Constantinople, the capital of the Ottoman empire, in 49° N. lat, 28° 59' E. long., was founded in 330 a.d. by Constantine the Great, from whom it derives its name, on a site partly occupied by the ancient Greek colony (658 b.c.) of Byzantium. The Turks call it Istambol or Stambol, probably a mere corruption of Turkish mispronunciation of Constantinopolis. The original Byzantium was built on the apex of the triangular peninsula which juts out towards Asia on the southern side of the Golden Horn, where the present Eski Serai or ' Old Seraglio' stands, and its commanding position made it an object of strife among the nations - Persians, Gauls, and Greeks. In the 4th century B.C., the Athenians repelled the siege of Philip of Macedon, aided, according to the legend, by the supernatural appearance of a crescent in the sky, which revealed the presence of the invaders, and was forthwith adopted as the badge or crest of the city, as it is to this day.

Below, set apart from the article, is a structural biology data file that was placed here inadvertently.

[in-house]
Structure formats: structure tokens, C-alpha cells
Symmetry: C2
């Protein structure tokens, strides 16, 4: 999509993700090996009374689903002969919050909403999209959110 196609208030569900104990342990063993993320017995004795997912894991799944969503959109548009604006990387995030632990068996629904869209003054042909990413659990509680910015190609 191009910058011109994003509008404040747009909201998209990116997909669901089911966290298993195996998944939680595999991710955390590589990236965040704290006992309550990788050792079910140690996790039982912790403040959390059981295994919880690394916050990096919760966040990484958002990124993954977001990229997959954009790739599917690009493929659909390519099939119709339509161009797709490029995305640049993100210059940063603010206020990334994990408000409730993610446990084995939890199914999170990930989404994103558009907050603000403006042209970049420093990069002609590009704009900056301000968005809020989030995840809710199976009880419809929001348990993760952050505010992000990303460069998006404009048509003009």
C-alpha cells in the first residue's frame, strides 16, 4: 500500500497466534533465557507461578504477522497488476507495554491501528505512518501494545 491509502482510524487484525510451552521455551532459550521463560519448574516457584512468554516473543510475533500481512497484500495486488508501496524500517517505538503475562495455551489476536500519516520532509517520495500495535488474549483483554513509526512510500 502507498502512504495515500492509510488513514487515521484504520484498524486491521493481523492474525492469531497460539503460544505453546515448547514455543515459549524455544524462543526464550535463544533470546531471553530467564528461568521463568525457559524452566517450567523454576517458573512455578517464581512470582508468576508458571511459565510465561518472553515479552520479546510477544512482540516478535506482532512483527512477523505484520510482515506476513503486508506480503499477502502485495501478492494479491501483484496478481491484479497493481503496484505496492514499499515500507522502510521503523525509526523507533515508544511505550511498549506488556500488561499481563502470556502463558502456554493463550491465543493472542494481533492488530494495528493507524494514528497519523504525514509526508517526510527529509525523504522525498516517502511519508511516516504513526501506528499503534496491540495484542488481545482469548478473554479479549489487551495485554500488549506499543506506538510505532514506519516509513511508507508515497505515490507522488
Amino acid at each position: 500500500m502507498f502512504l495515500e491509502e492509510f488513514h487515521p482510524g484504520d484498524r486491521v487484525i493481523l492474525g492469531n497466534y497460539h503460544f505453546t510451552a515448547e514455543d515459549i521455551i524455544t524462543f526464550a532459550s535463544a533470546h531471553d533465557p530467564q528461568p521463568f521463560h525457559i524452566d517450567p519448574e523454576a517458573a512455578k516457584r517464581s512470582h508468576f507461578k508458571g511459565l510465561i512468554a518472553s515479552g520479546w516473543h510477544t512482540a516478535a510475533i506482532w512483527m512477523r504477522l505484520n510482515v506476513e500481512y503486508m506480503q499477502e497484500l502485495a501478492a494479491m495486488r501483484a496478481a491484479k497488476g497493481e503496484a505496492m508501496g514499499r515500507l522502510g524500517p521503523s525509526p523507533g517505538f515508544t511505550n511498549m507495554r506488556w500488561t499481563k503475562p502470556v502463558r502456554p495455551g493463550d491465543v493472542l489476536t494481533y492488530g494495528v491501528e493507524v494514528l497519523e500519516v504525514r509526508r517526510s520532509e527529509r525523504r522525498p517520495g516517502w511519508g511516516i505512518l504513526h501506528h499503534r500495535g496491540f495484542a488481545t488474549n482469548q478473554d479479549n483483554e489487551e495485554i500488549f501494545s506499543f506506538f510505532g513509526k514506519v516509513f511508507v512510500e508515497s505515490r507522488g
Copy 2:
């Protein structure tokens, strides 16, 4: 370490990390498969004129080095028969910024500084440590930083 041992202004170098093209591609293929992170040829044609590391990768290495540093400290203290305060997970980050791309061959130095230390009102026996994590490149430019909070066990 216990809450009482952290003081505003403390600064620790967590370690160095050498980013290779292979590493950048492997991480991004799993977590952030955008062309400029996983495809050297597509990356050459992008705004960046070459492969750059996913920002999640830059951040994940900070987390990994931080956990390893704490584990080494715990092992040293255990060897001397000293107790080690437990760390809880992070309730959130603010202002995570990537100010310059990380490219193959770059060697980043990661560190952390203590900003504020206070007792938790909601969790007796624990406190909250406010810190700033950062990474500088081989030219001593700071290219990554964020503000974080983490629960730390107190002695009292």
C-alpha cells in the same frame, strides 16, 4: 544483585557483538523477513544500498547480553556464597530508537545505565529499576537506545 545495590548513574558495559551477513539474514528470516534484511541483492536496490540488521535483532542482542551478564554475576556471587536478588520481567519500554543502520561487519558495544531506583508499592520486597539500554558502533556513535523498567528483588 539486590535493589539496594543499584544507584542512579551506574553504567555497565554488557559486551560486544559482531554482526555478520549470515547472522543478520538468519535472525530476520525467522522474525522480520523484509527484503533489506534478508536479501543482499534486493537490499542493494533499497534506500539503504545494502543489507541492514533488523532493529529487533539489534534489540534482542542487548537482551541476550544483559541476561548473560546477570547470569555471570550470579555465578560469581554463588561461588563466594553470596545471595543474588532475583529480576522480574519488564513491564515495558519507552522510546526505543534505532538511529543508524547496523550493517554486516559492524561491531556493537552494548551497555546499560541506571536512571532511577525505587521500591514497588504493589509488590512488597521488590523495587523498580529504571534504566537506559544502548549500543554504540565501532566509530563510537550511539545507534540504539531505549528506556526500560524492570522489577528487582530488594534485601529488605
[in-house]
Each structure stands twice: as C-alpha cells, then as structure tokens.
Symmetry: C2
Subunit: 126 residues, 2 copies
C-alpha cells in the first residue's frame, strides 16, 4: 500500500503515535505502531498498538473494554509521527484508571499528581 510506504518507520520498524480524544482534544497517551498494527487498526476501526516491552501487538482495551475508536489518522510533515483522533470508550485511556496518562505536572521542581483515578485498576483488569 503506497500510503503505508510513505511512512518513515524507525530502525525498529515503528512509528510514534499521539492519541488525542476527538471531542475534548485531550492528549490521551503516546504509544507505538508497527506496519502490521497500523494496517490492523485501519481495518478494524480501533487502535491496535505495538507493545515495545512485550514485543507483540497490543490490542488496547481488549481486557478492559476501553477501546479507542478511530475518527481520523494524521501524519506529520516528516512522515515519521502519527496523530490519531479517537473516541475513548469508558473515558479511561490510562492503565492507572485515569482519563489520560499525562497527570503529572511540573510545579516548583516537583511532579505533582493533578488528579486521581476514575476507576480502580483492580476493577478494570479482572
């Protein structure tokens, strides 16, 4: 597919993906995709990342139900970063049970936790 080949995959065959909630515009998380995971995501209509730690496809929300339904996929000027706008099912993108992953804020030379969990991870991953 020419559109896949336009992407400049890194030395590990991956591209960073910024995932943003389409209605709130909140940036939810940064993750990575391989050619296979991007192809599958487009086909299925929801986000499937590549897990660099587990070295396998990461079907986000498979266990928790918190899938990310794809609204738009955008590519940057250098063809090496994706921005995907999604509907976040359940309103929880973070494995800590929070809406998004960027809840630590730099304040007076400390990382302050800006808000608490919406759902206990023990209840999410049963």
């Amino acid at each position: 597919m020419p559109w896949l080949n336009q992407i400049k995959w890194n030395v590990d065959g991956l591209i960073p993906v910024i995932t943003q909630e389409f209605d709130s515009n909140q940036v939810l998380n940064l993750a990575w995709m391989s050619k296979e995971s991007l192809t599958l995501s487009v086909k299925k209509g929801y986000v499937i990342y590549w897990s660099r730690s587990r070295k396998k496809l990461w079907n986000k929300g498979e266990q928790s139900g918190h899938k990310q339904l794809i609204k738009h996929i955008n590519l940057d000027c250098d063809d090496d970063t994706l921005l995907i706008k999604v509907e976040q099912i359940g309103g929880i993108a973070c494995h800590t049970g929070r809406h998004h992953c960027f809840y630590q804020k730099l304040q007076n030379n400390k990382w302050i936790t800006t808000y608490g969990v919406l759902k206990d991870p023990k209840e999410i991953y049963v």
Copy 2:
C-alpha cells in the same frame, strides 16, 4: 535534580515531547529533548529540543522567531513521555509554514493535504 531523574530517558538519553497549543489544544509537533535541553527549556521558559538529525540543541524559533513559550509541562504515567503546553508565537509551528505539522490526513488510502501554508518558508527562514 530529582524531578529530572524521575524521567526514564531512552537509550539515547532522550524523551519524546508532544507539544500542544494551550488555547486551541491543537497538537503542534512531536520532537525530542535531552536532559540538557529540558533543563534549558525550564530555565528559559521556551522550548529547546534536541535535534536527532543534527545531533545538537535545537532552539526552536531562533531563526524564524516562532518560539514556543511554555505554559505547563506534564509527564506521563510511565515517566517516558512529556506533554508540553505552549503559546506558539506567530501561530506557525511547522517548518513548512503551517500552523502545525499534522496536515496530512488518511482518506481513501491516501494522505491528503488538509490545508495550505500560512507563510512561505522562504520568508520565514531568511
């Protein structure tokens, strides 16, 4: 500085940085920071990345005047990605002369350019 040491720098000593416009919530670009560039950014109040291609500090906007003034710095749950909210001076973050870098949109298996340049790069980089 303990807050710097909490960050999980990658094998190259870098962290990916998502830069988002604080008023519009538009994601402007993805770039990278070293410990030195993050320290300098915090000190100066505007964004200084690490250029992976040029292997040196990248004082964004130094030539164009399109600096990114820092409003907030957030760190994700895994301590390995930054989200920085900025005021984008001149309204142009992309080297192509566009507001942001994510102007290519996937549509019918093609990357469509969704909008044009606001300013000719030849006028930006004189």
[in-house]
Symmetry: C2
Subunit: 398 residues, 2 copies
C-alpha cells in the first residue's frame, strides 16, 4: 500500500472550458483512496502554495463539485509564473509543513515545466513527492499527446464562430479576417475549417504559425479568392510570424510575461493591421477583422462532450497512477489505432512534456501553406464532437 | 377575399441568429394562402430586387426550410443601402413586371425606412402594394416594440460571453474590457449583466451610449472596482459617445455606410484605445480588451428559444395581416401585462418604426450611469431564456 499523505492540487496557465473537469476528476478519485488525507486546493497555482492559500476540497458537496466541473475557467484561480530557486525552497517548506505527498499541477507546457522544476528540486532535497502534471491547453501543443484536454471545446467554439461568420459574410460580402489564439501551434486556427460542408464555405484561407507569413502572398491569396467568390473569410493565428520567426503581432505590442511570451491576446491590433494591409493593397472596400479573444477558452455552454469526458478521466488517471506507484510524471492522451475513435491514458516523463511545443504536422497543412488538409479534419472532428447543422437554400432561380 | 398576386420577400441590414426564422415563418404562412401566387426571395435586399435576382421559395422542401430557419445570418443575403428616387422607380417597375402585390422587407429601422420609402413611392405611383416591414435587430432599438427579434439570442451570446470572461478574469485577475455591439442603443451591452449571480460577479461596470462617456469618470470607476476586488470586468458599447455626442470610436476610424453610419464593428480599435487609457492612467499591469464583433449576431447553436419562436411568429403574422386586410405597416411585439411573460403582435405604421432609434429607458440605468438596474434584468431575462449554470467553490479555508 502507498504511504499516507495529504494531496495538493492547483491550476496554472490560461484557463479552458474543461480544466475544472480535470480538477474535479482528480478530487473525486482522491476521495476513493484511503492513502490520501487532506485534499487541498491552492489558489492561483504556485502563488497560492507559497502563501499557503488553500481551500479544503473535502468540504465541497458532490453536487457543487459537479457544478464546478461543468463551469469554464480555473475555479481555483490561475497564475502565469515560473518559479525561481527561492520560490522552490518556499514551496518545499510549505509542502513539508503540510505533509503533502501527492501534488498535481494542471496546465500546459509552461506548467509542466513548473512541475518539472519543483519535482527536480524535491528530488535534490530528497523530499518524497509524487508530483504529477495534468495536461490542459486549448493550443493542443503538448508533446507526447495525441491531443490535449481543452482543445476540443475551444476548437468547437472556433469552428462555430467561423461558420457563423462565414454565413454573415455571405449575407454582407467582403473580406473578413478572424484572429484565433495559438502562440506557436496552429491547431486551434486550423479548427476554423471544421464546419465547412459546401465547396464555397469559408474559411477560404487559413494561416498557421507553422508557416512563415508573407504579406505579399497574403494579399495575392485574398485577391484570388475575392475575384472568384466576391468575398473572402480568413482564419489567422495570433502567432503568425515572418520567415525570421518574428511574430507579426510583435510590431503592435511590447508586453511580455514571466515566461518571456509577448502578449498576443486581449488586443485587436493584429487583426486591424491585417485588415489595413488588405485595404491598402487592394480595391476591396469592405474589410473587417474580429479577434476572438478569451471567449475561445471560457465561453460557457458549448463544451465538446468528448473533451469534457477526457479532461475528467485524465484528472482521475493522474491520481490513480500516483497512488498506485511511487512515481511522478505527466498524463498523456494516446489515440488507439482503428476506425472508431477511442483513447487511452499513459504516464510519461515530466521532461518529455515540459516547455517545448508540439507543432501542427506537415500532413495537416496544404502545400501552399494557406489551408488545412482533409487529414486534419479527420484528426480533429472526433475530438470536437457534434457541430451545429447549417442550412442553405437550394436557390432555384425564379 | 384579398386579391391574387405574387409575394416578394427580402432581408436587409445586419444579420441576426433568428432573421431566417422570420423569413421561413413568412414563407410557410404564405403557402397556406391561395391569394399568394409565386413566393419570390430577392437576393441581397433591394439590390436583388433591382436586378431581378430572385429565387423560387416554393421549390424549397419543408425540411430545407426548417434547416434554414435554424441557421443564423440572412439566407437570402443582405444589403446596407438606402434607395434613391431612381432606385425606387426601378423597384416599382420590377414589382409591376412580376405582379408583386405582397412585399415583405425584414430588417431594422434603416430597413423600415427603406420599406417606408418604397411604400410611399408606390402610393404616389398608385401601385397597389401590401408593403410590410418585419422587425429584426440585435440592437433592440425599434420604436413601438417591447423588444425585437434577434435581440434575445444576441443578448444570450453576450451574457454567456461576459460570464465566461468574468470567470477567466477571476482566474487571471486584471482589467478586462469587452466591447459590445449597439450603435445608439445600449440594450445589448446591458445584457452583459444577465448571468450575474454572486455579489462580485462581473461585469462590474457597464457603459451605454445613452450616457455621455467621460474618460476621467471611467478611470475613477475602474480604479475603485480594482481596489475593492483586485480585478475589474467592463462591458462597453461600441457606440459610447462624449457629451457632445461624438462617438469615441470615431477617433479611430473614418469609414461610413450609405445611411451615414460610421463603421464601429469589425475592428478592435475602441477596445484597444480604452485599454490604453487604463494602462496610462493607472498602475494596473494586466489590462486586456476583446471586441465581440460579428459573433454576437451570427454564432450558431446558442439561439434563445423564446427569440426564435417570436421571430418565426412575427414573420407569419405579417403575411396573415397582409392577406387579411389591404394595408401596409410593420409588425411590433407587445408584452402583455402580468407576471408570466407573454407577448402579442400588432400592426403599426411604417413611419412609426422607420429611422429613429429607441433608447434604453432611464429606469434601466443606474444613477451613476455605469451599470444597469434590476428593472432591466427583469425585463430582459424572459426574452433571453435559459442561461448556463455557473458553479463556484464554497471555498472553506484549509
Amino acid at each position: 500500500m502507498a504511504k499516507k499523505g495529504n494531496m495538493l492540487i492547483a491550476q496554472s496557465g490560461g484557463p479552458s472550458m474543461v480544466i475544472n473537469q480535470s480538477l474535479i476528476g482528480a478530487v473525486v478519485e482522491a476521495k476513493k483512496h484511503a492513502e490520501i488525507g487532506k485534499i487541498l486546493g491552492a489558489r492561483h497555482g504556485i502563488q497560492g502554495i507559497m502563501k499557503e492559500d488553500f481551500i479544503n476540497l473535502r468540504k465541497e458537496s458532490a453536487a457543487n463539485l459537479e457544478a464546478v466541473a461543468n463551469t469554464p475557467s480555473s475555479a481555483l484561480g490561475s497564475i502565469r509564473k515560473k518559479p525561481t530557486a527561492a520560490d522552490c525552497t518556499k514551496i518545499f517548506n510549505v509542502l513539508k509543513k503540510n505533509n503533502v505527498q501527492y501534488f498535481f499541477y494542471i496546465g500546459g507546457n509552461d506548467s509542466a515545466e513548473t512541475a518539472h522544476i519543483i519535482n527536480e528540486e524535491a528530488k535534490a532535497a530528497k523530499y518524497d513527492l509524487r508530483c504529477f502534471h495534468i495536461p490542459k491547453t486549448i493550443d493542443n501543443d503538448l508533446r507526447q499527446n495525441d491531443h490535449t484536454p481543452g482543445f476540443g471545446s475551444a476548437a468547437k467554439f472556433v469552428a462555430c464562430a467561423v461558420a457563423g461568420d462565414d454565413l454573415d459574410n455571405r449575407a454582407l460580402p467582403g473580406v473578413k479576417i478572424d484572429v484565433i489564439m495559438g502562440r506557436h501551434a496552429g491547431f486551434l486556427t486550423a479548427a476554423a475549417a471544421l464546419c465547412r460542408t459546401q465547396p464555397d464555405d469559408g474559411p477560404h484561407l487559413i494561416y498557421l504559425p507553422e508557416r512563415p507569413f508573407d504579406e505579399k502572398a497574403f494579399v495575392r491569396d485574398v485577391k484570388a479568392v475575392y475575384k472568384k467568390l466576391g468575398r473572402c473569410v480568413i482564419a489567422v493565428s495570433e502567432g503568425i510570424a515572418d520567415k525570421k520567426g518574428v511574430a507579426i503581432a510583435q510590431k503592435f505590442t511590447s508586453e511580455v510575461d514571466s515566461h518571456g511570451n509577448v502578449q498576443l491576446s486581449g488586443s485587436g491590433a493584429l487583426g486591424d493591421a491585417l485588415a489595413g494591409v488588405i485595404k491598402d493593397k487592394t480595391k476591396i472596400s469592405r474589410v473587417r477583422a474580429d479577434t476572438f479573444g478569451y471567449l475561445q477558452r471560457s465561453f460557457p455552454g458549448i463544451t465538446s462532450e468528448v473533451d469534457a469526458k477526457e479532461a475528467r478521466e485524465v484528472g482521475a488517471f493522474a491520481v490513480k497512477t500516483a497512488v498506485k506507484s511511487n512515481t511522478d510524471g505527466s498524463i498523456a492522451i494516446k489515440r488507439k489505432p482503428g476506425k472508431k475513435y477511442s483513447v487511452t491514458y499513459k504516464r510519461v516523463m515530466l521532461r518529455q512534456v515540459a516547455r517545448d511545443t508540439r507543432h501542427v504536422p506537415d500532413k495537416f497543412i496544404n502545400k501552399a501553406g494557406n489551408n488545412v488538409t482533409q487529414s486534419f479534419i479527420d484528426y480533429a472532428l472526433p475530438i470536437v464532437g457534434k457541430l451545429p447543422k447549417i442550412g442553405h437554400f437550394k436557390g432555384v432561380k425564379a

The two are separated by the Golden Horn, a creek about five miles long and half a mile wide at the entrance, a safe and spacious harbour, and so deep that the largest ironclads of the Turkish navy can lie quite close to the shore. Stambol or Turkish Constantinople lies on the southern side of the Golden Horn, and Christian Constantinople lies on the north side: the two are connected by a couple of rude but convenient bridges. The old walls, in courses of stone and red brick, and 14 miles in circuit, show that the modern Turkish city occupies much the same area as the capital of the first Christian emperor. Within these walls the city rises, like Rome, upon seven low hills, crowned by noble mosques, with a wilderness of picturesque, tumble-down, filthy, wooden houses and bazaars climbing up their sides. In Stambol are nearly all the monuments and antiquities worth seeing in Constantinople. First is Agia Sophia, Saint Sophia, the church dedicated by Constantino to ' Eternal Wisdom,' rebuilt with added splendour by Theodosius (415) and by Justinian (538-568), and now converted into a mosque. Outside it is not worth a second glance; but within, the airy grace of its stupendous dome, and the beauty of its marbles and mosaics, despite all the ravages of Moslem and tourists' desecrations, fascinate and amaze the vision. Next, but not less beautiful, is the Suleymaniya, the mosque which the Great Suleyman erected in 1550-5. Scarcely less stately is the mosque of Sultan Ahmed I. in the Hippodrome, distinguished without by its six minarets (instead of the usual four). The mosque of the conqueror Mohammed II. is also notable. There are over two hundred other mosques in Constantinople, and an even larger number of chapels, besides hundreds of medreses or mosque colleges. The Fanar, or Greek quarter of Stambol, recalls the memory of famous Fanariote statesmen in the Turkish service. The Hippodrome (now called At-Meydan, or ' Horse Manege'), originally a circus surrounded by marble seats, long since removed, still shows remains of antiquity, such as the famous column of the Three Serpents which once stood at the Temple of Delphi, and an obelisk brought from Heliopolis in Egypt in the reign of Theodosius; whilst hard by are the Burnt Column, the column of Theodosius, and the Seraskier's Tower. Among the remains of Mohammedan splendour the Old Seraglio (Eski Serai) is the most important, though it has not been a royal residence since the days of Mahmud II. Its first gate, Bab-i-Humayun or 'sublime Porte,' has given its name to the Turkish government in its foreign relations.